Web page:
Carmen Sanjulián: —A library.
Luis Alberto de Cuenca: —Any library. For example, this morning I saw a wonderful one, in Trinity College, so that’s the one I’d choose. But I’ve also seen dream libraries, such as the Joanina library in Coimbra, for example, the Vatican library, or I don’t know… the Michelozzo Library of San Marco in Florence. There are so many beautiful libraries… Higgins’s library, inPygmalion by George Bernard Shaw, the Irishman. There are so many sublime libraries…
Carmen Sanjulián: —What are today’s legends?
Luis Alberto de Cuenca: —The same ones that have always been around. I don’t think our concept of what a “legend” is has changed much. Legends explain the world around us, they allow us to dream that there might be an explanation for things. And then there’s another concept, another meaning of the word legend which refers to a role model. You can say “Kennedy is a legend”, or “Eddy Merckx is a legend in cycling”, but that’s not what you’re asking about in your question. The meaning we’re referring to here is more the meaning of a legend as a sacred, real, or primeval story and, in that sense, we’re exactly the same today as the cavemen were, a bit more brutal, but very similar.
Carmen Sanjulián: —Do you think about old friends much?
Luis Alberto de Cuenca: —Yes, of course I think about old friends. Lots of them are gone, because I also lived through a very turbulent time in Spain’s history during the ’80s, when a few irresponsible politicians advised people to take drugs and said nothing mattered. Lots of them went down that path and of course I think about them. They left this Earth much earlier than they should have.
Carmen Sanjulián: —Film or theatre?
Luis Alberto de Cuenca: —Film.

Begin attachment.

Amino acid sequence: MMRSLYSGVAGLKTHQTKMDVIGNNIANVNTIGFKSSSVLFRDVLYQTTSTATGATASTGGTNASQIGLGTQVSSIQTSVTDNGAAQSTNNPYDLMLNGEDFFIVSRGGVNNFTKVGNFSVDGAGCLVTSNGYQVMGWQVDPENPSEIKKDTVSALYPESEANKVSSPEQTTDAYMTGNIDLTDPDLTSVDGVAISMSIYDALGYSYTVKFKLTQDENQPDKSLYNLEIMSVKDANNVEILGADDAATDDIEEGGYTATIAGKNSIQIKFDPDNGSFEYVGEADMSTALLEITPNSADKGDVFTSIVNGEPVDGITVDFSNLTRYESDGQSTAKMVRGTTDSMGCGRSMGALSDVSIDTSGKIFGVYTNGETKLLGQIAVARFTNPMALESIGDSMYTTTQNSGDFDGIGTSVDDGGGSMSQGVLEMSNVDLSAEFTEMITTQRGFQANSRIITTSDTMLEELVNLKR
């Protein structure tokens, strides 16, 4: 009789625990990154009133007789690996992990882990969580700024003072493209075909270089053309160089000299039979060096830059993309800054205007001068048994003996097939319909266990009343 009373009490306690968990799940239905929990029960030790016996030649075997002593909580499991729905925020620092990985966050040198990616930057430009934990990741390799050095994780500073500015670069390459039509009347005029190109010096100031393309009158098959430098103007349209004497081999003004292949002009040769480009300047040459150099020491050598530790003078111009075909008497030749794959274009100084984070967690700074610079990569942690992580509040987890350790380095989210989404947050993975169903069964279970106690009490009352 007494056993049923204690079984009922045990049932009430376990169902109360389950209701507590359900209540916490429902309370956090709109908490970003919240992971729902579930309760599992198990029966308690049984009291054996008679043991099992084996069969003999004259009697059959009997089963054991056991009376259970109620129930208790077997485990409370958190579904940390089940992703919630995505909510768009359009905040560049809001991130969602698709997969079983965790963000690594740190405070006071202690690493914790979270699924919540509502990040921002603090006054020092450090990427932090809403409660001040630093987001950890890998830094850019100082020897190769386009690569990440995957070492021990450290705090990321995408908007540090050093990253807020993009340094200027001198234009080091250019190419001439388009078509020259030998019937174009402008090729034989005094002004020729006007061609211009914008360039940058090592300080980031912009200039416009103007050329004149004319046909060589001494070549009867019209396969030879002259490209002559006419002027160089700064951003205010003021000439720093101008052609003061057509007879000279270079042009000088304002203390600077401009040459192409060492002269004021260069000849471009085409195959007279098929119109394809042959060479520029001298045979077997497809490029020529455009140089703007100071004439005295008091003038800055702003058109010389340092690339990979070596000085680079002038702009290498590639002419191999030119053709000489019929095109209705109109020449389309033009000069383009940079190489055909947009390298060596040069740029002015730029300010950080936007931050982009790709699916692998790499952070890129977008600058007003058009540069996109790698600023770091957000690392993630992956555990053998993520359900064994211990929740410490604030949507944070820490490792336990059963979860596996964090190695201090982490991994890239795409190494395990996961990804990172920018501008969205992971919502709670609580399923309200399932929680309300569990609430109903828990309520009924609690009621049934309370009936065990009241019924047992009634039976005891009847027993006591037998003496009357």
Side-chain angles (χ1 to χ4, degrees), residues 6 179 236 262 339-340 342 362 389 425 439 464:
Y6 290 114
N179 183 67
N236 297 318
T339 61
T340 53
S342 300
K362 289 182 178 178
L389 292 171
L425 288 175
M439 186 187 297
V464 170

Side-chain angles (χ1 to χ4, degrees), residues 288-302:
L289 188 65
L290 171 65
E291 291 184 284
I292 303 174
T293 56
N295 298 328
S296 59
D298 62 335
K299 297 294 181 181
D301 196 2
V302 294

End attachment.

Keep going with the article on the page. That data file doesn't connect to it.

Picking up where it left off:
Carmen Sanjulián: —A colour.
Luis Alberto de Cuenca: —Yellow.
Carmen Sanjulián: —Why?
Luis Alberto de Cuenca: —What’s funny is that having just said film instead of theatre, yellow is a colour that theatre actors hate because, in fact, Molière died on stage dressed in yellow.
Carmen Sanjulián: —A wish.
Luis Alberto de Cuenca: —Well, for example, seeing as we’re here in Ireland, I’d wish for a united Ireland, for Ulster to belong to the Republic once more.
Carmen Sanjulián: —What does Ireland bring to mind? What do you like about Ireland?
Luis Alberto de Cuenca: —Lots of things. I love that we have our Catholic faith in common, for example. I’m amazed at how down-to-earth people are, and how friendly they are. I say that because I’ve known lots of Irish people, before coming to Ireland, a country I’m only getting to know now. And I’m also fascinated by its marvellous history. And I think what amazes me the most about Ireland is that during the dark ages, between the 6th and 8th centuries, up in the scriptoria in the monasteries, the monks took on the legacy of the classical tradition and rescued it, hidden away from the rest of the world on a remote island, and preserved all of Greco-Roman heritage for us.
Carmen Sanjulián: —We’re going to finish with a poem; it’s called “Ireland”.
Luis Alberto de Cuenca: —It’s from the book Sin miedo ni esperanza, from 2002.
Carmen Sanjulián: —What inspired this poem?
Luis Alberto de Cuenca: —It came about at a meeting of National Library directors, back in 1998, where I met the then director of the National Library of Ireland, which I visited earlier today. I met her and thought she was a wonderful lady, she seemed so fascinating and unpretentious, so down-to-earth, such a nice person, that I decided to write an ode to Ireland. I was bored at the meetings and I wrote a poem.
Por Edward, lord Dunsany, que cantara
las gestas de un caballo de madera
en un cuento muy bello; por el libro
de Kells, iluminado por los ángeles;
por nuestra fe católica, basada
en la benevolencia de María
y no en la crueldad del dios hebreo;
por San Patricio, que te dio las cruces
de piedra que jalonan tus caminos;
por el héroe Cuchulainn y por Molly
Bloom, que lo atrajo hacia sus senos
y le dijo que sí, que lo quería,
en la última frase del Ulysses,
yo te saludo, Irlanda, esta mañana
de septiembre en que todo está borroso
menos la geografía de tu isla,
desde donde me envías a la cárcel
un mensaje cargado de futuro.
For Edward, Lord Dunsany who regaled
the heroic deeds of a wooden horse
in a beautiful tale; for the Book
of Kells, illuminated by angels;
for our Catholic faith, founded
on the kindness of Mary
and not the cruelty of the Hebrew God;
for St. Patrick, who gave you the crosses
made of stone that mark your paths;
for the hero Cuchulainn and for Molly
Bloom, that drew him to her breasts
and told him Yes, she loved him,
in the last phrase of Ulysses,
I salute you, Ireland, this September
morn in which all is blurred
but for the geography of your isle,
from where you sent to me in prison
a message loaded with future.]
(Translated by Emer Cassidy)